Grapico and the olden age of advertising

Recently commissioned to do a piece celebrating the soft drink Grapico’s centennial, a drink advertised in photographic records on the Curtiss JN-4 “Jenny” introduced a century ago, for the Southern Museum of Flight currently celebrating it’s half-century mark. In order to replicate the type of advertising done in the early days of aviation the museum had the Grapico logo added to a Heath Parasol, a DIY airplane one ordered from the factory approximately 90 years ago. If you’re keeping track at home, that adds up to some 340 years of history, give or take an orbit around the sun.

What’s fascinating, as all advertising has been since my age was in the single-digits, makers of Grapico (there’s been several through the years) saw the potential of flight as a way of promoting their product. Around 1916 powered flight was a few years old, the Wright Brothers were still experimenting, WW I was raging across Europe, the first transatlantic flight hadn’t been made yet, Amelia Earhart had only just seen an airplane, never flown one.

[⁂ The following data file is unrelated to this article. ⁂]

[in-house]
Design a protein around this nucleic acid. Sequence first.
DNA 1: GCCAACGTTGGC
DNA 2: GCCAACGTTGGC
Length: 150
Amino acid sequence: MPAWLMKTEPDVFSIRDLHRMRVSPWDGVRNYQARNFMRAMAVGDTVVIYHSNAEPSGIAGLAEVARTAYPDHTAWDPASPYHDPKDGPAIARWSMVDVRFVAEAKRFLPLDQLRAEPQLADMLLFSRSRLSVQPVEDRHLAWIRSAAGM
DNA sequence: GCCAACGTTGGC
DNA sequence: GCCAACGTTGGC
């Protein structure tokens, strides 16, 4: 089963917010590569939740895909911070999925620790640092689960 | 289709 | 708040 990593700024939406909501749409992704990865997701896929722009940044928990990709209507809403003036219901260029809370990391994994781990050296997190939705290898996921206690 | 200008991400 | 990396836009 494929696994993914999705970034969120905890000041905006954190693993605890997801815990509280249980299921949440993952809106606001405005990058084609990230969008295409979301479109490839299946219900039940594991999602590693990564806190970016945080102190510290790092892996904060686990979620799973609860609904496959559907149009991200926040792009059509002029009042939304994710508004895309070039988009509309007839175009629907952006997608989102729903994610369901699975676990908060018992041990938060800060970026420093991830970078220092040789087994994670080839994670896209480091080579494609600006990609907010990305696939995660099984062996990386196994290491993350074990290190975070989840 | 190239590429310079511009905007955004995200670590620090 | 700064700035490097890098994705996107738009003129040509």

Aviation a century ago was unique, mysterious, and perhaps a bit sexy in a daredevil way. Products since the early days of mass production in a post industrial revolution world clamored to get into the hearts and minds of America’s new class of disposable income consumers. What better way than on mysterious machines that were heavier-than-air? Advertising has been pervasive long before the Mad Men era, creation of this display is a reminder, stating in effect “it’s a new era of wonder, skies the limit, take Grapico along for the ride.” Love or hate advertising, coming up with the idea of putting the logo on a plane was brilliant.

Also of note, Grapico > Buffalo Rock > Pepsi. I can now officially say I’ve done work for both soda giants.

Grapico Heath Parasol airplane